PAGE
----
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Reach out to the mentally ill for an inclusive society

mentally ill


Neighbourhood Watch Groups, MPs and grassroots leaders must reach out to the mentally ill to build an inclusive society

Minister of Social and Family Development (MSF), Minister Chan Chun Sing mentioned in Parliament on 8th October 2014 that children whose parents have mental illness or a history of violent behaviour are watched by his ministry.

mentally ill
Children whose parents having a mental illness may be vulnerable, and thus deserve social support

MSF Minister Chan gave this reply to Member of Parliament (MP) Janil Putucheary who raised the issue of care-giving arrangements for parents with mental illness. It is helpful that our MPs are beginning to raise the plight of the mentally ill in Parliament.

I share the view of Minister Chan that the community needs to play its part by being vigilant and alert the authorities when they come across children in vulnerable circumstances.

Let’s break the stigma and reach out to those stricken with mental illnesses

However, given the nagging social stigma that plagues the mentally ill, not everyone be will be so kind and step forward to help because the reality is that persons with mental illness are  often seen to be trouble makers and cannot contribute to society. These myths must be corrected as every citizen in this land must be cared more.

Persons with mental illness may not know how to reach out for help as some could not have access to computers, are illiterate, do not have the luxury of buying newspapers and hardly have any friends or neighbours who would want to associate with them.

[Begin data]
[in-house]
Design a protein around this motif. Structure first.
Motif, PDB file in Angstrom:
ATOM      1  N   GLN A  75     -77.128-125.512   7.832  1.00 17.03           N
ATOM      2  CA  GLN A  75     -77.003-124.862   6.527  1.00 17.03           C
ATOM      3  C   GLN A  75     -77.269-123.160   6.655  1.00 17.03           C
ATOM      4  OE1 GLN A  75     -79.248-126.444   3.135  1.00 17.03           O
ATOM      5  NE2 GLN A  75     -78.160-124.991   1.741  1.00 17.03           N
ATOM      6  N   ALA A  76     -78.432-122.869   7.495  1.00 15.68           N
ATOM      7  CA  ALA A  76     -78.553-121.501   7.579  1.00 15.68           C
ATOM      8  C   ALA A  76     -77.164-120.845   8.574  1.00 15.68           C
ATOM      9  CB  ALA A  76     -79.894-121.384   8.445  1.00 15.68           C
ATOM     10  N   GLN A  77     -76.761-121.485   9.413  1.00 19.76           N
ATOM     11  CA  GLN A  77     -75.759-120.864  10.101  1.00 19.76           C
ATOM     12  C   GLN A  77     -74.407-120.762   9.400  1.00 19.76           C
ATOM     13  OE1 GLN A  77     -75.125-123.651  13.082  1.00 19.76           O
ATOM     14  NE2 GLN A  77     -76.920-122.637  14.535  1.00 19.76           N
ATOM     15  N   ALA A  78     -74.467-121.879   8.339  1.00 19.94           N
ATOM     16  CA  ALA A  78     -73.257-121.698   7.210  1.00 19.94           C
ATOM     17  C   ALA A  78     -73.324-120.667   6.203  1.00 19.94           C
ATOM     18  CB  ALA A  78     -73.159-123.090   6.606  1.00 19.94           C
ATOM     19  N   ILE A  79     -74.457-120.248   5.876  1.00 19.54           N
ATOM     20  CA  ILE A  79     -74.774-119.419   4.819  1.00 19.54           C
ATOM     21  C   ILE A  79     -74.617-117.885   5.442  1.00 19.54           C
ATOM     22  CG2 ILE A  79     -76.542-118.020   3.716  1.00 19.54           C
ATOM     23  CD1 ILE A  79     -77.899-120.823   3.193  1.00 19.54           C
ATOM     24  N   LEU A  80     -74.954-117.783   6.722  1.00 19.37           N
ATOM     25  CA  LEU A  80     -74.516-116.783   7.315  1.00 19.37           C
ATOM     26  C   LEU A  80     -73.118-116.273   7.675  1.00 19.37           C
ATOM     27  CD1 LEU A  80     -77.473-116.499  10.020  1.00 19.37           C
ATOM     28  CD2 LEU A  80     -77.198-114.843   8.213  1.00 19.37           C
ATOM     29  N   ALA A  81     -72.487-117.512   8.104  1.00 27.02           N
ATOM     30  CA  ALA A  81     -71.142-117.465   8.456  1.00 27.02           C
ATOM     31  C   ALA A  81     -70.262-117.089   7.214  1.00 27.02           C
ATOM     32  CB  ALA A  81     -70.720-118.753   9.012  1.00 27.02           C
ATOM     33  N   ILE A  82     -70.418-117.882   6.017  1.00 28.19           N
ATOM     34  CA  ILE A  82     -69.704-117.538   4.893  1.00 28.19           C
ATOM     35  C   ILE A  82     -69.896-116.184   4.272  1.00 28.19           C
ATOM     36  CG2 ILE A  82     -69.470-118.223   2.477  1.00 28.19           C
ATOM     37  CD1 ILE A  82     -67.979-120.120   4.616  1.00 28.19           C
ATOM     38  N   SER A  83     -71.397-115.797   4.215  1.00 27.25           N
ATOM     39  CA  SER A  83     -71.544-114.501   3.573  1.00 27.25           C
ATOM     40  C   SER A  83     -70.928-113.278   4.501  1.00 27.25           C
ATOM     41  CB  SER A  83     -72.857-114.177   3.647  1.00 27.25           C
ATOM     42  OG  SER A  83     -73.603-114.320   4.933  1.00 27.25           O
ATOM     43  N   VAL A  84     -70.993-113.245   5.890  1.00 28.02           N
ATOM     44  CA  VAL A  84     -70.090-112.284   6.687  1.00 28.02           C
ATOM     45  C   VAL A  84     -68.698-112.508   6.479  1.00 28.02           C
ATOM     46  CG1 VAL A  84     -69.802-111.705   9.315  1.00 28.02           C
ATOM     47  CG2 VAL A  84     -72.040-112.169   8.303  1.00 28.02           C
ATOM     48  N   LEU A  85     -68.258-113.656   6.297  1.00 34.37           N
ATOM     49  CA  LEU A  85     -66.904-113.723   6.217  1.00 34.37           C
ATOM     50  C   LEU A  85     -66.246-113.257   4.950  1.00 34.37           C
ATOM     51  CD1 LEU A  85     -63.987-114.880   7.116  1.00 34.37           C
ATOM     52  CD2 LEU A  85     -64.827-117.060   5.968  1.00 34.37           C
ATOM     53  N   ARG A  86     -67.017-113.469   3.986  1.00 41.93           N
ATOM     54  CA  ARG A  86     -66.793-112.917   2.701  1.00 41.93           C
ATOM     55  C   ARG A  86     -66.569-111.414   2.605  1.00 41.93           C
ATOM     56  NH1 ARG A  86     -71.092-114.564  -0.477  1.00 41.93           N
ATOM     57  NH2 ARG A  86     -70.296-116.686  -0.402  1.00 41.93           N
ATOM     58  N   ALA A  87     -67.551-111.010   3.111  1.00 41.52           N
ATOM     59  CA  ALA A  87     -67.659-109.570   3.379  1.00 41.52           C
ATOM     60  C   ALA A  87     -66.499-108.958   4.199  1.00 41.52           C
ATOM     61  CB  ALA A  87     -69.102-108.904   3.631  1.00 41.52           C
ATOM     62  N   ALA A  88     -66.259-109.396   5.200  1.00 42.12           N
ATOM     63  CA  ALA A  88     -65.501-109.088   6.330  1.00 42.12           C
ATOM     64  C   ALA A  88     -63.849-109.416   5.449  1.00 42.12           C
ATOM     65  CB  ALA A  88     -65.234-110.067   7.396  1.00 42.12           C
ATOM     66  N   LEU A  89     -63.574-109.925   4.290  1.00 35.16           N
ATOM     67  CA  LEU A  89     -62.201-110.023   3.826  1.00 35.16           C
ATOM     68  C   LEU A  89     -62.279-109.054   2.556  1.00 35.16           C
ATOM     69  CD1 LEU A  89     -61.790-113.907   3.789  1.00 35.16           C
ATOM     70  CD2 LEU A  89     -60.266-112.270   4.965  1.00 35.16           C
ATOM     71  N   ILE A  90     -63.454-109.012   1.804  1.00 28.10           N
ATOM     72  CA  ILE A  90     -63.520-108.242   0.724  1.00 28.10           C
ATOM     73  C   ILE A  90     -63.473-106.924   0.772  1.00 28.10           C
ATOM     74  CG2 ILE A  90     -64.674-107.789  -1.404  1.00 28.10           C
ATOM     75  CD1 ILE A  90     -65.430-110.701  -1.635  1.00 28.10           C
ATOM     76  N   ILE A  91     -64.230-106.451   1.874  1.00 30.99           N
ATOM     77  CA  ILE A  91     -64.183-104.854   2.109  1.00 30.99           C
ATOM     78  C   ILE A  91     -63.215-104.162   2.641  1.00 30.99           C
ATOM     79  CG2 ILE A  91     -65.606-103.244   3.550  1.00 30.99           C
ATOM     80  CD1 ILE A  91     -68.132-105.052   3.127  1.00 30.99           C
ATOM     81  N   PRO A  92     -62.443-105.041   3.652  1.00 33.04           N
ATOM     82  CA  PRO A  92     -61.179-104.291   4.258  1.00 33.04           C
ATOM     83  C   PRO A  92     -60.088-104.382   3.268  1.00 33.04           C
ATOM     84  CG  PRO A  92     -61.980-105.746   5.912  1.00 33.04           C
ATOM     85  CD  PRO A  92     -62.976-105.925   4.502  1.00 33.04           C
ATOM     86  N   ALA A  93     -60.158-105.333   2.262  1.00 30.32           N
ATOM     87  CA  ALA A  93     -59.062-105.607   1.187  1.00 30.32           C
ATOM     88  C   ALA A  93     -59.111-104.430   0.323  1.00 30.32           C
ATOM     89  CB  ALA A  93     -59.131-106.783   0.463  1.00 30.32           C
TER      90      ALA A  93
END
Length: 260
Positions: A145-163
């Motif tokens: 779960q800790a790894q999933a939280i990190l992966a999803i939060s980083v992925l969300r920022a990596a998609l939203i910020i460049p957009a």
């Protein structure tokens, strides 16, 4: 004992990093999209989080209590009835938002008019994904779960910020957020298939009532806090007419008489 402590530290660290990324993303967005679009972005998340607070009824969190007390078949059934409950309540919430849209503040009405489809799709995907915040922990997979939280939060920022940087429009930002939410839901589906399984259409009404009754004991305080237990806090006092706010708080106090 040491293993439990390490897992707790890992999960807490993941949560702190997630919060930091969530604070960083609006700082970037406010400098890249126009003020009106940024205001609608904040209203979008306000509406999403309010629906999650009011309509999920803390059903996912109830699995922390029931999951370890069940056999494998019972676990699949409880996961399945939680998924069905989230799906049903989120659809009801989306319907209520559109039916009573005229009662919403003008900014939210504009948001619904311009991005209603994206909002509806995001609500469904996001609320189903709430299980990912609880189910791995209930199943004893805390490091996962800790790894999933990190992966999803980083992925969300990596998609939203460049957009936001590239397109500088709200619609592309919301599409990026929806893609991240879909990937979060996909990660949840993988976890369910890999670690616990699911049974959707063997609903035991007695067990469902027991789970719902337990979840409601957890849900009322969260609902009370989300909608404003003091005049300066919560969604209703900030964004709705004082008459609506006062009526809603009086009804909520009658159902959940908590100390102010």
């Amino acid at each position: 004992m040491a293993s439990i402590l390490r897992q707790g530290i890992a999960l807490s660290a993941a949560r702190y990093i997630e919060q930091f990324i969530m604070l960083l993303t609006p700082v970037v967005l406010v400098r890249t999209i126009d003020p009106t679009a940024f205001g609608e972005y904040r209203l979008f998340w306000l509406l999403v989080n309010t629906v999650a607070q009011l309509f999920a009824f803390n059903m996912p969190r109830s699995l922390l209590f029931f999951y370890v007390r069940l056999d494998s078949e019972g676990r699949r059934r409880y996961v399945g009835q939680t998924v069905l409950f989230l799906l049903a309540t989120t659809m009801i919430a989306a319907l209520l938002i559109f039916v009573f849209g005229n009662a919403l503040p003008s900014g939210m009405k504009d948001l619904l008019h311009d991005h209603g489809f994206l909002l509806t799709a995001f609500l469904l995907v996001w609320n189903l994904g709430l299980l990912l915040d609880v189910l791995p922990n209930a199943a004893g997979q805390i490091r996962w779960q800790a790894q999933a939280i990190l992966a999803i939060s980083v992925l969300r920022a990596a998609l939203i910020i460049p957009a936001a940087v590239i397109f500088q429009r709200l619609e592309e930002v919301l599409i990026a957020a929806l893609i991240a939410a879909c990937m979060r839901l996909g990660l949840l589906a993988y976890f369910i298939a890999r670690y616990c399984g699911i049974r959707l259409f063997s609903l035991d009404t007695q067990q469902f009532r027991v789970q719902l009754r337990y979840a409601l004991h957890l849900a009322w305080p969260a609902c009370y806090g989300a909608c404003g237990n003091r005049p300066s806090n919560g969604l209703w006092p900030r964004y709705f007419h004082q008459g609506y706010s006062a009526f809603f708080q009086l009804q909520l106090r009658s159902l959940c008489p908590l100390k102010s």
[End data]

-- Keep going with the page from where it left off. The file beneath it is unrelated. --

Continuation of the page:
Caring for a loved one with mental illness is never an easy task for dedicated, tireless and selfless caregivers who are undoubtedly unrecognized unsung heroes who go through a whole range of emotions.

To this end, I propose that Neighbourhood Watch Groups (NWGs) be formed in every two block of flats in our housing estates with the grassroots leaders and the respective MPs providing the much-needed support and advice. MPs who are elected to serve the people must do just that – serve the people – all people.

With monthly visits to the residents, it helps to build rapport between the residents and government officials and at the same time be able to reach out to vulnerable groups who may be in dire need of social support.

As the world celebrates World Mental Health Day this year, let us as a caring community and government touch the lives of those who do not have a voice while suffering in silence. Let’s reach out today!


Raymond Anthony Fernando is an advocate for the mentally ill. He volunteers with the Singapore Association for Mental Health, Silver Ribbon Singapore, CLUB HEAL and the Institute of Mental Health. He is Model Caregiver 2007 and Mental Health Champion 2010. Raymond attributes his success to his beloved wife, Doris, who has always been his greatest inspiration.

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